So when I heard St. Louis County Prosecuting Attorney Robert McCullough describe how Michael Brown allegedly lunged at Officer Darren Wilson in his police car, I knew it was likely that my husband could have responded the same way: shoot to disable the threat. Do what he must to make it home to us at night.
This is part of my reality. It’s how I process these incidents now.
But it was also my reality when, as we sped home to relieve our sitter one night, my husband and I were pulled over by a police officer on a dark, wooded parkway in Virginia. And I watched my husband, an officer for nearly 10 years, immediately turn off the car, turn on all the interior lights, place the keys on the dashboard and put his hands on the steering wheel.
He turned to me, calmly and coolly, and said, “Get our insurance card out. Don’t make any sudden moves, and leave your hands on your lap.”
I froze. I teared up, and fear welled up as a lump in my throat. Because that night, before he was an officer, my husband was a black man. Like Michael Brown and Trayvon Martin and Oscar Grant.
These conflicting parts of my reality are why the South Carolina state trooper shooting earlier this year isn’t, to me, a black-and-white case of excessive force used by white law enforcement on an unarmed black teenager. And it’s why I’ve not waded into the debate waters on Michael Brown either.
Because I need my husband and his colleagues to make it home. Every night.
So I can’t “like” many of the stirring posts I scroll through on Facebook or Instagram or Twitter. I can’t post my own rants of outrage at the failings of our justice system, nor can I post any statement that might be interpreted as in support of the Ferguson officer. Not because I can’t connect to them or feel them on some level, but because it’s complicated.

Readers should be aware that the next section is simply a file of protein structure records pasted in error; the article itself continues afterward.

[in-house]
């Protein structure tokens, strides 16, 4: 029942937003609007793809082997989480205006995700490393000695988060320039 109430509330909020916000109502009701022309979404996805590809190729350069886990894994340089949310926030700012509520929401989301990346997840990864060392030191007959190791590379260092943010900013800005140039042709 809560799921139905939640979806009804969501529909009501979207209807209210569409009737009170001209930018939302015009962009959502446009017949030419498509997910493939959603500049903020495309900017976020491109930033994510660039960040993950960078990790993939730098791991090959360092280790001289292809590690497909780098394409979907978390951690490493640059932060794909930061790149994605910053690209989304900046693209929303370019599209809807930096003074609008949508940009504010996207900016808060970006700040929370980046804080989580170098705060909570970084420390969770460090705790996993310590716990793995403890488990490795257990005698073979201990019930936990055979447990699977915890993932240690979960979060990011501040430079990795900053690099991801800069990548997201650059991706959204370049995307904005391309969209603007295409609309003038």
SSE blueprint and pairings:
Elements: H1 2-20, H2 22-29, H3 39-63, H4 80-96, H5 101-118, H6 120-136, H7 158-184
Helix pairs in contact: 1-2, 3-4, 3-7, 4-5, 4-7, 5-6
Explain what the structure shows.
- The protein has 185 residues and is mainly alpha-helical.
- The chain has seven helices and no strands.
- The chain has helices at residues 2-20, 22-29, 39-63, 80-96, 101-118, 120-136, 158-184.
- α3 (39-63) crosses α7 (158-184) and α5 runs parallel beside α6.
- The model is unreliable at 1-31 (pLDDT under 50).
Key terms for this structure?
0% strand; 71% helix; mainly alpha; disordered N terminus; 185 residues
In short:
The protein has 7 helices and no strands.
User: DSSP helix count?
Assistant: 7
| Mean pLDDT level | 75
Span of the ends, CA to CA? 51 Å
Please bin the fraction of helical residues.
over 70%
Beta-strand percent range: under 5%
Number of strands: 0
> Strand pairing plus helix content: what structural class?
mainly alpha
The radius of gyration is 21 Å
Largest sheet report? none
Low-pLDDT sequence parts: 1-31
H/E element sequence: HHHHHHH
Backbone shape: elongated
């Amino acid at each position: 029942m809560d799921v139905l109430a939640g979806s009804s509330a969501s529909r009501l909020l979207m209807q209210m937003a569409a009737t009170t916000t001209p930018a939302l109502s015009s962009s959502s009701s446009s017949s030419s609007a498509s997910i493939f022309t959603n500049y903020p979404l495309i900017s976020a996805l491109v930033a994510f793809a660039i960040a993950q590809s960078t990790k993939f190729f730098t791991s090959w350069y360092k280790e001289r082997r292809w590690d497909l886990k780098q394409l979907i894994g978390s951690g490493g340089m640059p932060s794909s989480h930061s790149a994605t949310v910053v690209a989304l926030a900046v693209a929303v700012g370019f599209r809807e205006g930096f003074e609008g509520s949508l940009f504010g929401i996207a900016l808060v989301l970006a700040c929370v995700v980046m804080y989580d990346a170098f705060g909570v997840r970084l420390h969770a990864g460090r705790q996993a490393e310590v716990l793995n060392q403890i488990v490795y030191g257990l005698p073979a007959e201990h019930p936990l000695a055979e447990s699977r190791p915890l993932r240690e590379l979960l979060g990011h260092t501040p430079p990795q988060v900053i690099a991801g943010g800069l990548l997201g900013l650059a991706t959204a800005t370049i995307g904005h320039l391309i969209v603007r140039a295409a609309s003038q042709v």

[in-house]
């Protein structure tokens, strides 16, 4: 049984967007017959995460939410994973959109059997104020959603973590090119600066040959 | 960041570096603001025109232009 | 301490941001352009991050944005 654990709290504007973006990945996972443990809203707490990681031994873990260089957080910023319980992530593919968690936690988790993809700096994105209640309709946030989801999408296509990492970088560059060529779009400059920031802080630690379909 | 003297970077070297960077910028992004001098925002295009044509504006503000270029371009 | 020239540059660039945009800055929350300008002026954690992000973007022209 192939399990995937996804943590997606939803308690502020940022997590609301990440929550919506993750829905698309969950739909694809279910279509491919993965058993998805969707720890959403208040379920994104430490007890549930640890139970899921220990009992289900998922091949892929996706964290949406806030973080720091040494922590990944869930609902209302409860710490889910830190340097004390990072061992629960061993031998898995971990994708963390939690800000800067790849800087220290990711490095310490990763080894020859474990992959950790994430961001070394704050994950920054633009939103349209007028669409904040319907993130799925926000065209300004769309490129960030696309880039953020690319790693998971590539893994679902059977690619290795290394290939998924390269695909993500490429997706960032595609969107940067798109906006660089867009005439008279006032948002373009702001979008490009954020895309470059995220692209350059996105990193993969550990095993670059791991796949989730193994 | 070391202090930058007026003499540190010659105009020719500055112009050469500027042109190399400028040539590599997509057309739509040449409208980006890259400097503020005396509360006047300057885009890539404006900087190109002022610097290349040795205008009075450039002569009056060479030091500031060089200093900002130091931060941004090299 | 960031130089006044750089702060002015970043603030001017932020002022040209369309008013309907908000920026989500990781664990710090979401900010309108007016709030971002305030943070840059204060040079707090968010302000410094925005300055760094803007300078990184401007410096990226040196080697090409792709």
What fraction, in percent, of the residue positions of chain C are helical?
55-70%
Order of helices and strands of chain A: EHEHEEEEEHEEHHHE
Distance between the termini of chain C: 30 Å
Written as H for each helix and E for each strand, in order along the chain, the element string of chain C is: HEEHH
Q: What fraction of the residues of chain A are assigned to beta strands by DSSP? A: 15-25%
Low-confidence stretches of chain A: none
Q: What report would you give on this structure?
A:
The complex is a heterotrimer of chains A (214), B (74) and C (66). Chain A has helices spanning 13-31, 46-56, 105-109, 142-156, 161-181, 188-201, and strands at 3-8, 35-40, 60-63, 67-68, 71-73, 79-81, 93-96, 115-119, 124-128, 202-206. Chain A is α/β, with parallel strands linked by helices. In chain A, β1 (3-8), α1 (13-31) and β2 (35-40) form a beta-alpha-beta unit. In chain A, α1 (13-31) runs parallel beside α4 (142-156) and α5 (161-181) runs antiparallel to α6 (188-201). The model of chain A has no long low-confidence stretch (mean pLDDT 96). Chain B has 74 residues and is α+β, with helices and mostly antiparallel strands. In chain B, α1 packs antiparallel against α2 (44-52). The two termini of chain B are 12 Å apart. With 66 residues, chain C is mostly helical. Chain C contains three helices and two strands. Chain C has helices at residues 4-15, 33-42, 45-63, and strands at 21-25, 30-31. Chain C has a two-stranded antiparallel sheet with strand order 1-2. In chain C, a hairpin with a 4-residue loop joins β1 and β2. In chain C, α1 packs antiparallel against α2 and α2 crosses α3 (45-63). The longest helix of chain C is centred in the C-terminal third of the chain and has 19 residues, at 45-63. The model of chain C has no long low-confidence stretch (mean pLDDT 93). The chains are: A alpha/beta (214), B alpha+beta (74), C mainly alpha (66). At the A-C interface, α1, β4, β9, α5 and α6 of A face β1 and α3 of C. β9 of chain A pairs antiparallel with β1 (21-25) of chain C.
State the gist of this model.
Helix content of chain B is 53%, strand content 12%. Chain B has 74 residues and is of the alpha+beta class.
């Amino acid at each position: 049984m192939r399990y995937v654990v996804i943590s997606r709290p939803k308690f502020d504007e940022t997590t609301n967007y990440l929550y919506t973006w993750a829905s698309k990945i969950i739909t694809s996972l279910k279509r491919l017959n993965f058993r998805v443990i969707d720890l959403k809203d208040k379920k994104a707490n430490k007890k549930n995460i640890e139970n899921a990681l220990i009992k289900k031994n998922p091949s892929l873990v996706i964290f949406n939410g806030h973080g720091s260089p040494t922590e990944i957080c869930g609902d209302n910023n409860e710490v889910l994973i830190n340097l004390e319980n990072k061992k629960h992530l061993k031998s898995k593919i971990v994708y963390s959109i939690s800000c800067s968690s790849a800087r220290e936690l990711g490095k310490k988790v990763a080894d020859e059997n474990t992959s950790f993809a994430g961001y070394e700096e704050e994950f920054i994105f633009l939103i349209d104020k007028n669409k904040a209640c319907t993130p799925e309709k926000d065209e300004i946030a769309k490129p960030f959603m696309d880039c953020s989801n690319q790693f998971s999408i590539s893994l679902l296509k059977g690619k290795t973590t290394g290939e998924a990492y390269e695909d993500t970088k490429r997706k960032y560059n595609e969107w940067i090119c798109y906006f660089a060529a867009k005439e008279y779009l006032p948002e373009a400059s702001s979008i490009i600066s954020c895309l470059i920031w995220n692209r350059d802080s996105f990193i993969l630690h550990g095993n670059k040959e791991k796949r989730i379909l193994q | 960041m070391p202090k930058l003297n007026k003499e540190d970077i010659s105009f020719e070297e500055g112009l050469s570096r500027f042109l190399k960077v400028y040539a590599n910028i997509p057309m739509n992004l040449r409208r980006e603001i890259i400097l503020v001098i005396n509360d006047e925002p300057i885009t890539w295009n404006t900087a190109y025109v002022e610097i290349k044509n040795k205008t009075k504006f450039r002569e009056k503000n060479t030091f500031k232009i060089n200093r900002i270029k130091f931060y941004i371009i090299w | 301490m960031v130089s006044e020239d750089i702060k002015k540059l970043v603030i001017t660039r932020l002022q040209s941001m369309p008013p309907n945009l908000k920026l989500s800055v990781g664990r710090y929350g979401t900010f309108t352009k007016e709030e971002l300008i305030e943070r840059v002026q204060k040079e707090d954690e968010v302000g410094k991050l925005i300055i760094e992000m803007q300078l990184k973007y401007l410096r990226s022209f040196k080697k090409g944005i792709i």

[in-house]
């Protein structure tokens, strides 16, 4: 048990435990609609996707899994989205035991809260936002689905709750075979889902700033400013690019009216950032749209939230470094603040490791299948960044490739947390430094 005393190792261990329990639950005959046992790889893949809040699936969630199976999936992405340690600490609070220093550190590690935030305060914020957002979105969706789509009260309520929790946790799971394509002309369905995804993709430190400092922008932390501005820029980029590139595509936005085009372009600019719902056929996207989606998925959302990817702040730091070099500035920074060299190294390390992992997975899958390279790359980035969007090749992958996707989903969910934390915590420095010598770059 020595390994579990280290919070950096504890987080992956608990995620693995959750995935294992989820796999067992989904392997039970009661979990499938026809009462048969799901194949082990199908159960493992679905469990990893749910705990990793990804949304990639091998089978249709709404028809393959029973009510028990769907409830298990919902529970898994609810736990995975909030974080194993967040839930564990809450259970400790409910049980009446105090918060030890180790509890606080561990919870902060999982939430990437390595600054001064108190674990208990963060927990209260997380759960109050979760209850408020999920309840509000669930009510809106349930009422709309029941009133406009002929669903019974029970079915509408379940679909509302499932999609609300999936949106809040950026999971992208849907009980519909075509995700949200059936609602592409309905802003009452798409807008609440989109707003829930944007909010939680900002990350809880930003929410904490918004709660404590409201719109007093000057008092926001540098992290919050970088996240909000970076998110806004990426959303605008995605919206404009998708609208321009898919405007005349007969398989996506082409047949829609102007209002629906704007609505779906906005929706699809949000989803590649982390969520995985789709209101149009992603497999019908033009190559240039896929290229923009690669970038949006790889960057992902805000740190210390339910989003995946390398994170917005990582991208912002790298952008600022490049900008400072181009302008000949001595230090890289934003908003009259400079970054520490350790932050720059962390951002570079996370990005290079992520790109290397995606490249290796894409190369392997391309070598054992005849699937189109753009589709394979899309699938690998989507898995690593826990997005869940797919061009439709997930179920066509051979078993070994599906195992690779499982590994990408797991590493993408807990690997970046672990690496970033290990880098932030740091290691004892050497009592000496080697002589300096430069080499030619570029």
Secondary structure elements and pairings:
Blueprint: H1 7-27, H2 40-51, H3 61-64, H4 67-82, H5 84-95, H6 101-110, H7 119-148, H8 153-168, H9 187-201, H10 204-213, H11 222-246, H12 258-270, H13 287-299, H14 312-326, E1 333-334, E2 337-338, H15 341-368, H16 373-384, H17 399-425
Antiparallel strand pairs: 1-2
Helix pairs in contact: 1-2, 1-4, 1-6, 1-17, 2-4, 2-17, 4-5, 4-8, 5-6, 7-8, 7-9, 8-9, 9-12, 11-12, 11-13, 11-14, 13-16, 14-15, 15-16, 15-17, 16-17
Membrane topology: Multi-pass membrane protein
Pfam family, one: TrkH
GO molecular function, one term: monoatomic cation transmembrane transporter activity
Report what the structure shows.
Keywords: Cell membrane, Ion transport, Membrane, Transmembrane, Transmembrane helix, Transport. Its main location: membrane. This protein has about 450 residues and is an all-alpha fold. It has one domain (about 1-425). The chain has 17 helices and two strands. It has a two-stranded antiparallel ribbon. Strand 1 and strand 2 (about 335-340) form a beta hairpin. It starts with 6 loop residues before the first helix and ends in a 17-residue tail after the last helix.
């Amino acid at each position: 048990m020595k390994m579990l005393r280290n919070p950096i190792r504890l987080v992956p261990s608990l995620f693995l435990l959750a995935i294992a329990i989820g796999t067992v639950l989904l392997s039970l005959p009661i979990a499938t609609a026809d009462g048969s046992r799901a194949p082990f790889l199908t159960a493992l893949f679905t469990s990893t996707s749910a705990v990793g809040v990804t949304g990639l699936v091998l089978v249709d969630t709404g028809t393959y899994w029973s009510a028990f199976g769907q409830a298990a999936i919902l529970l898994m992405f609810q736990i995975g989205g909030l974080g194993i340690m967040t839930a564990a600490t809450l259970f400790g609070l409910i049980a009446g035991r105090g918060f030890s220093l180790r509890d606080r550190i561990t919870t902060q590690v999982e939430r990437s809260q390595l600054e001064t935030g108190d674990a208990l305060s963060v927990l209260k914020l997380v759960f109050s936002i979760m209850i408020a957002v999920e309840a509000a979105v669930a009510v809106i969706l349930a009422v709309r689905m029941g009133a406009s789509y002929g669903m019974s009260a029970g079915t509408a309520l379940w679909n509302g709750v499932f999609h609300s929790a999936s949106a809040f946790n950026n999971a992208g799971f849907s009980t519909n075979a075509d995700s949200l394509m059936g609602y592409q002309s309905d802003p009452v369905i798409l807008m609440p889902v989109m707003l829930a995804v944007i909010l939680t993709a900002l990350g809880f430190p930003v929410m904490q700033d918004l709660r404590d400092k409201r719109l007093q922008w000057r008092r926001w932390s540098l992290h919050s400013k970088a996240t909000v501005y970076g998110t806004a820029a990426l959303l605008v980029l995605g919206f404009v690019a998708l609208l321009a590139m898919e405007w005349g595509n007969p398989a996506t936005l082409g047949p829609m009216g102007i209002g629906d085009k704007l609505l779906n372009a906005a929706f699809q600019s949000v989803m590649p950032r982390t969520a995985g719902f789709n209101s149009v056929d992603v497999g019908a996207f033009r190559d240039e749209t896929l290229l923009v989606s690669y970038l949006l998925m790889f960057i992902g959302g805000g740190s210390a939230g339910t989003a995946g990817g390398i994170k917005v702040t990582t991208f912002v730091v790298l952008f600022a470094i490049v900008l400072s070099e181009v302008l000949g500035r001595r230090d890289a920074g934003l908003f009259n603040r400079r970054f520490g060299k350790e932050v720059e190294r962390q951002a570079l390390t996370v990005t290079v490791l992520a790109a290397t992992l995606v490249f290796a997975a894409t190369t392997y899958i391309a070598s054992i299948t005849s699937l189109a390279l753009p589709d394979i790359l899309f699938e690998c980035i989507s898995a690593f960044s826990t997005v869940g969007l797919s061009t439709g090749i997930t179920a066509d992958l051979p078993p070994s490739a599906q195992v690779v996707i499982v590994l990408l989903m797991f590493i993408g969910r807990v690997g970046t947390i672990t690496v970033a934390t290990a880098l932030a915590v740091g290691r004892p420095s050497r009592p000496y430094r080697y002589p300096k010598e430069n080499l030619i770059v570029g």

And complicated in a way that no one seems to respect or acknowledge or care to understand.
I’M OFFENDED, because of the insulting comments I’ve seen that are not only insensitive but dismissive to the painful experiences of others.
I’M CONFUSED, because I don’t know why it’s so hard to obey a policeman. You will not win!!! And I don’t know why some policeman abuse their power. Power is a responsibility, not a weapon to brandish and lord over the populace.
I’M INTROSPECTIVE, because sometimes I want to take “our” side without looking at the facts in situations like these. Sometimes I feel like it’s us against them. Sometimes I’m just as prejudiced as people I point fingers at. And that’s not right. How can I look at white skin and make assumptions but not want assumptions made about me? That’s not right.
I’M HOPELESS, because I’ve lived long enough to expect things like this to continue to happen. I’m not surprised and at some point my little children are going to inherit the weight of being a minority and all that it entails.
I’M HOPEFUL, because I know that while we still have race issues in America, we enjoy a much different normal than those of our parents and grandparents. I see it in my personal relationships with teammates, friends and mentors. And it’s a beautiful thing.
I’M ENCOURAGED, because ultimately the problem is not a SKIN problem, it is a SIN problem. SIN is the reason we rebel against authority. SIN is the reason we abuse our authority. SIN is the reason we are racist, prejudiced and lie to cover for our own. SIN is the reason we riot, loot and burn. BUT I’M ENCOURAGED because God has provided a solution for sin through the his son Jesus and with it, a transformed heart and mind. One that’s capable of looking past the outward and seeing what’s truly important in every human being. The cure for the Michael Brown, Trayvon Martin, Tamir Rice and Eric Garner tragedies is not education or exposure. It’s the Gospel. So, finally, I’M ENCOURAGED because the Gospel gives mankind hope.